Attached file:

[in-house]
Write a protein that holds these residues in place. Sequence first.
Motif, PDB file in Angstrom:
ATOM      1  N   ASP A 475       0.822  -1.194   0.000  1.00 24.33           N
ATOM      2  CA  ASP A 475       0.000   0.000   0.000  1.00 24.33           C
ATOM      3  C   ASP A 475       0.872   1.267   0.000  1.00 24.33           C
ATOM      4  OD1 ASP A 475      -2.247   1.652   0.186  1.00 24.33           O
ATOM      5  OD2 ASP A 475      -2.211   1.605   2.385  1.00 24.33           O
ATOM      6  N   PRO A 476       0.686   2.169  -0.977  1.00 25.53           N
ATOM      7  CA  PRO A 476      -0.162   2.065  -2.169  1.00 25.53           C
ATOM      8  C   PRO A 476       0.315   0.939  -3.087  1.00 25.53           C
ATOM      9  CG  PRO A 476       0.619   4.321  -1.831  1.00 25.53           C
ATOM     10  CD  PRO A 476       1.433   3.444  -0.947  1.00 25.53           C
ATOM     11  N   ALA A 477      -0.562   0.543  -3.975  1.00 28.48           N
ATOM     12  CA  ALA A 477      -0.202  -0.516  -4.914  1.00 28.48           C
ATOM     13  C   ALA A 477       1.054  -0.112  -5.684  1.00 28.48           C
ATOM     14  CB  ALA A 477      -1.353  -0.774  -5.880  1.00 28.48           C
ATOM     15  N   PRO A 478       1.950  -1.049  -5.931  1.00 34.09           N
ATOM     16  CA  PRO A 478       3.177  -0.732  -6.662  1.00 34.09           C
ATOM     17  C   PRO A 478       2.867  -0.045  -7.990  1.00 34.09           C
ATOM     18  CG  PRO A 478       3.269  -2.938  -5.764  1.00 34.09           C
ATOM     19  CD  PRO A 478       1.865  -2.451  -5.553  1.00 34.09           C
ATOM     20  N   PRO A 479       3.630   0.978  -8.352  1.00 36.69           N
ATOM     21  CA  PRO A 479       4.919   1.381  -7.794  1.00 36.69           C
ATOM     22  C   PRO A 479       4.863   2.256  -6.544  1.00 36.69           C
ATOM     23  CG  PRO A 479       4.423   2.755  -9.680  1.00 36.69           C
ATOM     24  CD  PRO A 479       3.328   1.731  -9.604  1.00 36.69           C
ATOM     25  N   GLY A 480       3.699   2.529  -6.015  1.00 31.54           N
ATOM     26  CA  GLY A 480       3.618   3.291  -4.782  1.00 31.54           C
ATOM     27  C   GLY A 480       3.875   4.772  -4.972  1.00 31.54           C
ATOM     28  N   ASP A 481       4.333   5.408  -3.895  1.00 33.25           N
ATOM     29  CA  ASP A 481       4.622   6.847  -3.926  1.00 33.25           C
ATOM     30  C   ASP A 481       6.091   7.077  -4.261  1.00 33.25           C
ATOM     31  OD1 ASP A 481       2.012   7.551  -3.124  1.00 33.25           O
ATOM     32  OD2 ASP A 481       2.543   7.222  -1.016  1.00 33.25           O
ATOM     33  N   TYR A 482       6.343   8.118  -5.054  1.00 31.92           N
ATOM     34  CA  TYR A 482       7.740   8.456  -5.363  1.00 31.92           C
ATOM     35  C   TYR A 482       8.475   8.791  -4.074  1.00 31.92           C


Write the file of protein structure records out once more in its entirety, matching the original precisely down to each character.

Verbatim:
[in-house]
Write a protein that holds these residues in place. Sequence first.
Motif, PDB file in Angstrom:
ATOM      1  N   ASP A 475       0.822  -1.194   0.000  1.00 24.33           N
ATOM      2  CA  ASP A 475       0.000   0.000   0.000  1.00 24.33           C
ATOM      3  C   ASP A 475       0.872   1.267   0.000  1.00 24.33           C
ATOM      4  OD1 ASP A 475      -2.247   1.652   0.186  1.00 24.33           O
ATOM      5  OD2 ASP A 475      -2.211   1.605   2.385  1.00 24.33           O
ATOM      6  N   PRO A 476       0.686   2.169  -0.977  1.00 25.53           N
ATOM      7  CA  PRO A 476      -0.162   2.065  -2.169  1.00 25.53           C
ATOM      8  C   PRO A 476       0.315   0.939  -3.087  1.00 25.53           C
ATOM      9  CG  PRO A 476       0.619   4.321  -1.831  1.00 25.53           C
ATOM     10  CD  PRO A 476       1.433   3.444  -0.947  1.00 25.53           C
ATOM     11  N   ALA A 477      -0.562   0.543  -3.975  1.00 28.48           N
ATOM     12  CA  ALA A 477      -0.202  -0.516  -4.914  1.00 28.48           C
ATOM     13  C   ALA A 477       1.054  -0.112  -5.684  1.00 28.48           C
ATOM     14  CB  ALA A 477      -1.353  -0.774  -5.880  1.00 28.48           C
ATOM     15  N   PRO A 478       1.950  -1.049  -5.931  1.00 34.09           N
ATOM     16  CA  PRO A 478       3.177  -0.732  -6.662  1.00 34.09           C
ATOM     17  C   PRO A 478       2.867  -0.045  -7.990  1.00 34.09           C
ATOM     18  CG  PRO A 478       3.269  -2.938  -5.764  1.00 34.09           C
ATOM     19  CD  PRO A 478       1.865  -2.451  -5.553  1.00 34.09           C
ATOM     20  N   PRO A 479       3.630   0.978  -8.352  1.00 36.69           N
ATOM     21  CA  PRO A 479       4.919   1.381  -7.794  1.00 36.69           C
ATOM     22  C   PRO A 479       4.863   2.256  -6.544  1.00 36.69           C
ATOM     23  CG  PRO A 479       4.423   2.755  -9.680  1.00 36.69           C
ATOM     24  CD  PRO A 479       3.328   1.731  -9.604  1.00 36.69           C
ATOM     25  N   GLY A 480       3.699   2.529  -6.015  1.00 31.54           N
ATOM     26  CA  GLY A 480       3.618   3.291  -4.782  1.00 31.54           C
ATOM     27  C   GLY A 480       3.875   4.772  -4.972  1.00 31.54           C
ATOM     28  N   ASP A 481       4.333   5.408  -3.895  1.00 33.25           N
ATOM     29  CA  ASP A 481       4.622   6.847  -3.926  1.00 33.25           C
ATOM     30  C   ASP A 481       6.091   7.077  -4.261  1.00 33.25           C
ATOM     31  OD1 ASP A 481       2.012   7.551  -3.124  1.00 33.25           O
ATOM     32  OD2 ASP A 481       2.543   7.222  -1.016  1.00 33.25           O
ATOM     33  N   TYR A 482       6.343   8.118  -5.054  1.00 31.92           N
ATOM     34  CA  TYR A 482       7.740   8.456  -5.363  1.00 31.92           C
ATOM     35  C   TYR A 482       8.475   8.791  -4.074  1.00 31.92           C